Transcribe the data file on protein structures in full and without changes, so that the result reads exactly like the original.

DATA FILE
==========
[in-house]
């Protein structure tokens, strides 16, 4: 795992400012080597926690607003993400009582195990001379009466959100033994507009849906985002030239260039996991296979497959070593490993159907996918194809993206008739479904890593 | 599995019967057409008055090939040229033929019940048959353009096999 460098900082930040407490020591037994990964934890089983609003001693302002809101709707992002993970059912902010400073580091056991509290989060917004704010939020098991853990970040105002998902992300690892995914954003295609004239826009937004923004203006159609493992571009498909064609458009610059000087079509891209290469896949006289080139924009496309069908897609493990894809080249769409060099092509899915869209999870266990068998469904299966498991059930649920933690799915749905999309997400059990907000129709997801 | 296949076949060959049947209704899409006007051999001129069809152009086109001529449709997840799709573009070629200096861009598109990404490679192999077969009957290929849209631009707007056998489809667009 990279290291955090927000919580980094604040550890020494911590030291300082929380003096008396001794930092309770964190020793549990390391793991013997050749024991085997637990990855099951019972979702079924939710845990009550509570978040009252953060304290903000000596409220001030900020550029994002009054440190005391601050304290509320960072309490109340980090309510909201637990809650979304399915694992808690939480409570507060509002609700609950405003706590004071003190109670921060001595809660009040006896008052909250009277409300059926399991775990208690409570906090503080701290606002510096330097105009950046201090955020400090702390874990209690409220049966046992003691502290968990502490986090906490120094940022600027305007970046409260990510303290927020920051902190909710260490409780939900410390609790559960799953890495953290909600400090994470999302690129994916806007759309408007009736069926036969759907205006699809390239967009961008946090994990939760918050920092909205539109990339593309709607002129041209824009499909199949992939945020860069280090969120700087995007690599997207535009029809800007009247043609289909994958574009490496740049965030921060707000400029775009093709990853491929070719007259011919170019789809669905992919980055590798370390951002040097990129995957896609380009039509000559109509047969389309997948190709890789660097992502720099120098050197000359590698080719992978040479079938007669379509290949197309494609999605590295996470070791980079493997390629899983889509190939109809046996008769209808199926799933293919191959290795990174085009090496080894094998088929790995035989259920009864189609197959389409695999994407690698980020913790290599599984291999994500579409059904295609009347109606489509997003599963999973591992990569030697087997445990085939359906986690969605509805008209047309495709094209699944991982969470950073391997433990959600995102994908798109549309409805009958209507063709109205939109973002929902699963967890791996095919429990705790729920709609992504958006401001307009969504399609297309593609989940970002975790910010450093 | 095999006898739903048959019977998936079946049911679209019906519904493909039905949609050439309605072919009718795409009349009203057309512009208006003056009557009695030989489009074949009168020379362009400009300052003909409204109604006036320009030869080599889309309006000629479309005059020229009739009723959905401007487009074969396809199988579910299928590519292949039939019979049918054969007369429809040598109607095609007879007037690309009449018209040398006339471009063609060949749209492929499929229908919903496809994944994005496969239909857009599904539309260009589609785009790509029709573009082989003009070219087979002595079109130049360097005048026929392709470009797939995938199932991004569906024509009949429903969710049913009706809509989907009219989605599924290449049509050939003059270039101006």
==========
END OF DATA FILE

[in-house]
């Protein structure tokens, strides 16, 4: 795992400012080597926690607003993400009582195990001379009466959100033994507009849906985002030239260039996991296979497959070593490993159907996918194809993206008739479904890593 | 599995019967057409008055090939040229033929019940048959353009096999 460098900082930040407490020591037994990964934890089983609003001693302002809101709707992002993970059912902010400073580091056991509290989060917004704010939020098991853990970040105002998902992300690892995914954003295609004239826009937004923004203006159609493992571009498909064609458009610059000087079509891209290469896949006289080139924009496309069908897609493990894809080249769409060099092509899915869209999870266990068998469904299966498991059930649920933690799915749905999309997400059990907000129709997801 | 296949076949060959049947209704899409006007051999001129069809152009086109001529449709997840799709573009070629200096861009598109990404490679192999077969009957290929849209631009707007056998489809667009 990279290291955090927000919580980094604040550890020494911590030291300082929380003096008396001794930092309770964190020793549990390391793991013997050749024991085997637990990855099951019972979702079924939710845990009550509570978040009252953060304290903000000596409220001030900020550029994002009054440190005391601050304290509320960072309490109340980090309510909201637990809650979304399915694992808690939480409570507060509002609700609950405003706590004071003190109670921060001595809660009040006896008052909250009277409300059926399991775990208690409570906090503080701290606002510096330097105009950046201090955020400090702390874990209690409220049966046992003691502290968990502490986090906490120094940022600027305007970046409260990510303290927020920051902190909710260490409780939900410390609790559960799953890495953290909600400090994470999302690129994916806007759309408007009736069926036969759907205006699809390239967009961008946090994990939760918050920092909205539109990339593309709607002129041209824009499909199949992939945020860069280090969120700087995007690599997207535009029809800007009247043609289909994958574009490496740049965030921060707000400029775009093709990853491929070719007259011919170019789809669905992919980055590798370390951002040097990129995957896609380009039509000559109509047969389309997948190709890789660097992502720099120098050197000359590698080719992978040479079938007669379509290949197309494609999605590295996470070791980079493997390629899983889509190939109809046996008769209808199926799933293919191959290795990174085009090496080894094998088929790995035989259920009864189609197959389409695999994407690698980020913790290599599984291999994500579409059904295609009347109606489509997003599963999973591992990569030697087997445990085939359906986690969605509805008209047309495709094209699944991982969470950073391997433990959600995102994908798109549309409805009958209507063709109205939109973002929902699963967890791996095919429990705790729920709609992504958006401001307009969504399609297309593609989940970002975790910010450093 | 095999006898739903048959019977998936079946049911679209019906519904493909039905949609050439309605072919009718795409009349009203057309512009208006003056009557009695030989489009074949009168020379362009400009300052003909409204109604006036320009030869080599889309309006000629479309005059020229009739009723959905401007487009074969396809199988579910299928590519292949039939019979049918054969007369429809040598109607095609007879007037690309009449018209040398006339471009063609060949749209492929499929229908919903496809994944994005496969239909857009599904539309260009589609785009790509029709573009082989003009070219087979002595079109130049360097005048026929392709470009797939995938199932991004569906024509009949429903969710049913009706809509989907009219989605599924290449049509050939003059270039101006």